Interview with Kim Ogg

Kim Ogg

Kim Ogg

As I said before, there are two strong candidates who merit consideration for your vote for the Democratic nomination for District Attorney. Kim Ogg was our nominee for DA in 2014, having vanquished the annoying perennial candidate that is cluttering the ballot this year as well in that primary, and though she fell short she did garner more votes in Harris County than other Democrats did. Ogg is a former prosecutor, she has been the head of Crime Stoppers and the city of Houston’s anti-gang task force, and she has a long history in politics as the daughter of former State Sen. Jack Ogg. She is now the managing partner of the Ogg Law Firm. I’ve also interviewed her twice before, for the 2014 primary and general elections. Here’s what we talked about this time:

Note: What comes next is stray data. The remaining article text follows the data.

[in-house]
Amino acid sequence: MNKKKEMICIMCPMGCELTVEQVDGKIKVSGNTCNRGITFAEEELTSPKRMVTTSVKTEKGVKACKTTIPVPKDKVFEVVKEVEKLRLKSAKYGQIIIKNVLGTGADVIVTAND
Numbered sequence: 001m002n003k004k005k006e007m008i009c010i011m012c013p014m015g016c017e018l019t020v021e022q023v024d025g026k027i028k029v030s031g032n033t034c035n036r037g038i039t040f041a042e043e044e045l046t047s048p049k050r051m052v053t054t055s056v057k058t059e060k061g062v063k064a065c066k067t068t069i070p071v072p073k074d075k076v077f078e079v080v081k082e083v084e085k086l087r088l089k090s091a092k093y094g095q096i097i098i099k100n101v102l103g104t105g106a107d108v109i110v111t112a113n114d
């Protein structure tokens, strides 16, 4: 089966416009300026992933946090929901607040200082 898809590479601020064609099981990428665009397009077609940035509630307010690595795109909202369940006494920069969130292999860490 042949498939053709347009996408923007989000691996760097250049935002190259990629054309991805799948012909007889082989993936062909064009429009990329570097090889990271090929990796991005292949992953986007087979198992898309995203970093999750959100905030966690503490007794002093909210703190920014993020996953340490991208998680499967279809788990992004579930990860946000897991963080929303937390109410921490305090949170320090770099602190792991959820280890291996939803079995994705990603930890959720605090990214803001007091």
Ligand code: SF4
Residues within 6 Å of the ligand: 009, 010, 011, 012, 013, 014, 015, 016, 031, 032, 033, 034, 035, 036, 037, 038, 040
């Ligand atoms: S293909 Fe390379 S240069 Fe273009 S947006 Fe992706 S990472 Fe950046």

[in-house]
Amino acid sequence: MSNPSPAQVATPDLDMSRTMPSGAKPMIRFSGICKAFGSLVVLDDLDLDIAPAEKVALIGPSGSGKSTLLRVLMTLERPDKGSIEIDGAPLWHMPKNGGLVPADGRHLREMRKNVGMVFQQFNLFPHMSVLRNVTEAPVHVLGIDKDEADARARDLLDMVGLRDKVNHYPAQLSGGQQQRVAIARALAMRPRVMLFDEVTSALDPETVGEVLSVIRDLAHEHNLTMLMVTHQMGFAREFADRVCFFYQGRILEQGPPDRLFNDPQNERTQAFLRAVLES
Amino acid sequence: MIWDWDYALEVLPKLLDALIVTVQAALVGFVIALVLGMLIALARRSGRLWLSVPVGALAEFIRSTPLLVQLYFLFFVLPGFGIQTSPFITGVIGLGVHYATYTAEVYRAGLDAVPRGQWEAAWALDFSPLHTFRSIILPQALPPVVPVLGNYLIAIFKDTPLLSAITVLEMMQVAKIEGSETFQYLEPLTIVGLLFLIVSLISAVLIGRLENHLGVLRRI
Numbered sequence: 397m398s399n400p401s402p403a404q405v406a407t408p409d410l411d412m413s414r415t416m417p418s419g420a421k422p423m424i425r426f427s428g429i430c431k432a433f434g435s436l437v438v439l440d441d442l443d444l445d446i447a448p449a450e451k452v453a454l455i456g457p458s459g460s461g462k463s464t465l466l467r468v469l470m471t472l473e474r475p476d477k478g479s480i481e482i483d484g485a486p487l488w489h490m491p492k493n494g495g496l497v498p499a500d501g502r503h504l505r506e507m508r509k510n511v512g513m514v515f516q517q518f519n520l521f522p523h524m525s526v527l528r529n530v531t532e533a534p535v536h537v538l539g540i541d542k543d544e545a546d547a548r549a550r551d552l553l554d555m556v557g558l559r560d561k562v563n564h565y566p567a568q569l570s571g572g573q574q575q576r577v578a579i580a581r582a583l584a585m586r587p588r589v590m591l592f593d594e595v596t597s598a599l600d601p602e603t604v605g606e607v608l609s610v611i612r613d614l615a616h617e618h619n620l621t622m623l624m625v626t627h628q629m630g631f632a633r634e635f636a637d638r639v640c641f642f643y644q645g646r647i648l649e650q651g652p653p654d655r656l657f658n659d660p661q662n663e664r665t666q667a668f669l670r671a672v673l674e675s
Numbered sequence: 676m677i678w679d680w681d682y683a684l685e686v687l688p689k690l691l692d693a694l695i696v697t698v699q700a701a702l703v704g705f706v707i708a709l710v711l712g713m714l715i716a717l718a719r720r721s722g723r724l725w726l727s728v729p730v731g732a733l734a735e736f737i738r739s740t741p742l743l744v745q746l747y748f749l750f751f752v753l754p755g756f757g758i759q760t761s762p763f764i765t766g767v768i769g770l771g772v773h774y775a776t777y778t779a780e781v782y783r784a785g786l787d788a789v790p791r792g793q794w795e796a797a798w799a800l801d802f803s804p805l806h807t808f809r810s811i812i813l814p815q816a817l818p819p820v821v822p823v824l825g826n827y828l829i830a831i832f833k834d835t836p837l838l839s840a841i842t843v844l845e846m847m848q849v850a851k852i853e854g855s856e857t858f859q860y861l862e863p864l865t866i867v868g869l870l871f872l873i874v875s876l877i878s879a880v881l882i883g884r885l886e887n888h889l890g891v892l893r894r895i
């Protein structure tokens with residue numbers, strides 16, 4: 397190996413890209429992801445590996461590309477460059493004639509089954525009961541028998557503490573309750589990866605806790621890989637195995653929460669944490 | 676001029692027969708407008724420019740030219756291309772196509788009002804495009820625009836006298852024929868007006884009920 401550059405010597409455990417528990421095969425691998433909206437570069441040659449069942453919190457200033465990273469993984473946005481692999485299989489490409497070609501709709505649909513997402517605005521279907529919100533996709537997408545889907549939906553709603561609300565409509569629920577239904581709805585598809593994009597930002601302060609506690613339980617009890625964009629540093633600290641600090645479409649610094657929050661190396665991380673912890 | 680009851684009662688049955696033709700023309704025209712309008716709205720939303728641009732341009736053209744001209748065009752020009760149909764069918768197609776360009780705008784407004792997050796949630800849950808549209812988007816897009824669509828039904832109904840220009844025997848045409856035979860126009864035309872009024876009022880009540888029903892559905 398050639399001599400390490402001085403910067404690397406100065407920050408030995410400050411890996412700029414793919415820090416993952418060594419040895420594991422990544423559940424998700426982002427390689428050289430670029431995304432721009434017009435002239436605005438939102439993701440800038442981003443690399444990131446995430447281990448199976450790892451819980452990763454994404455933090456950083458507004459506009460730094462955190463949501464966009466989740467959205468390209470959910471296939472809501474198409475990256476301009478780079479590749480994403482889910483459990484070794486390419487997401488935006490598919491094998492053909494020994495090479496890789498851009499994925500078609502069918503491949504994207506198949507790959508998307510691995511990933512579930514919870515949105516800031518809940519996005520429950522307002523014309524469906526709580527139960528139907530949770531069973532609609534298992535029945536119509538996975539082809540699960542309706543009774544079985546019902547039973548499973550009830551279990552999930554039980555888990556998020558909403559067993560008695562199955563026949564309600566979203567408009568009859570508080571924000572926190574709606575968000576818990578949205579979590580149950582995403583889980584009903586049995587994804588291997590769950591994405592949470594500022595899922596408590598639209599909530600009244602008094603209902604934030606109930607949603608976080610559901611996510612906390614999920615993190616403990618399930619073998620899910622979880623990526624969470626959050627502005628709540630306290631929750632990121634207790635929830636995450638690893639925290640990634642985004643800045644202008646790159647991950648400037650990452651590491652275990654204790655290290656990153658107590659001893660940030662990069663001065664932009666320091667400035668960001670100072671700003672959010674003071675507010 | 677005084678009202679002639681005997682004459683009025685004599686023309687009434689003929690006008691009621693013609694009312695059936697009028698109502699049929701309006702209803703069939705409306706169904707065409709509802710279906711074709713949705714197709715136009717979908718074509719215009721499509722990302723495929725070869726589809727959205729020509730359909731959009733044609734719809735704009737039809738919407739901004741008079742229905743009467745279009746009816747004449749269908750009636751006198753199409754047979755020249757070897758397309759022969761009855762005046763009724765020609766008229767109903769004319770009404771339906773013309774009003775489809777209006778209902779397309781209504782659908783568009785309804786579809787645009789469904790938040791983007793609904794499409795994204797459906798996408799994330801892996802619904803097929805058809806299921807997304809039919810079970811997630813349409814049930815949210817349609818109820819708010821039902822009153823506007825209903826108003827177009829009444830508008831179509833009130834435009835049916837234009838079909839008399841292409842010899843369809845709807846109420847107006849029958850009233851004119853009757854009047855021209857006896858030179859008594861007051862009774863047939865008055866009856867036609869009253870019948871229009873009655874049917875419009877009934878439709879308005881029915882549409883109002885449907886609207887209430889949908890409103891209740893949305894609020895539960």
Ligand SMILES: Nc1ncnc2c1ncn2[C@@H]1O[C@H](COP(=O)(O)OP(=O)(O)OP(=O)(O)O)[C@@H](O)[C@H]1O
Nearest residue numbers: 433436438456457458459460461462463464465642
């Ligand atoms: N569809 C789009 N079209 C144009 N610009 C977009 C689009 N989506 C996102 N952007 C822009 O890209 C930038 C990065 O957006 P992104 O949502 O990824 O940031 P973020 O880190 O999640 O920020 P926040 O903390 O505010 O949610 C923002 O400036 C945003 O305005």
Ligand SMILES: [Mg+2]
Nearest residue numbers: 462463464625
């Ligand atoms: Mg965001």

You can see all of my interviews as well as finance reports and other information on candidates on my 2016 Election page.

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7 Responses to Interview with Kim Ogg

  1. Steve Houston says:

    The problem with Ogg so far is that she wants to take credit for everything her opponent did in policy areas and seems unable to provide real reasons why she is particularly qualified for the office. In terms of her experience in the politically appointed city’s gang task force, not once has she provided a single verifiable policy she made or change she implemented that made things better, acting like the appointment itself proves anything at all in terms of her competency.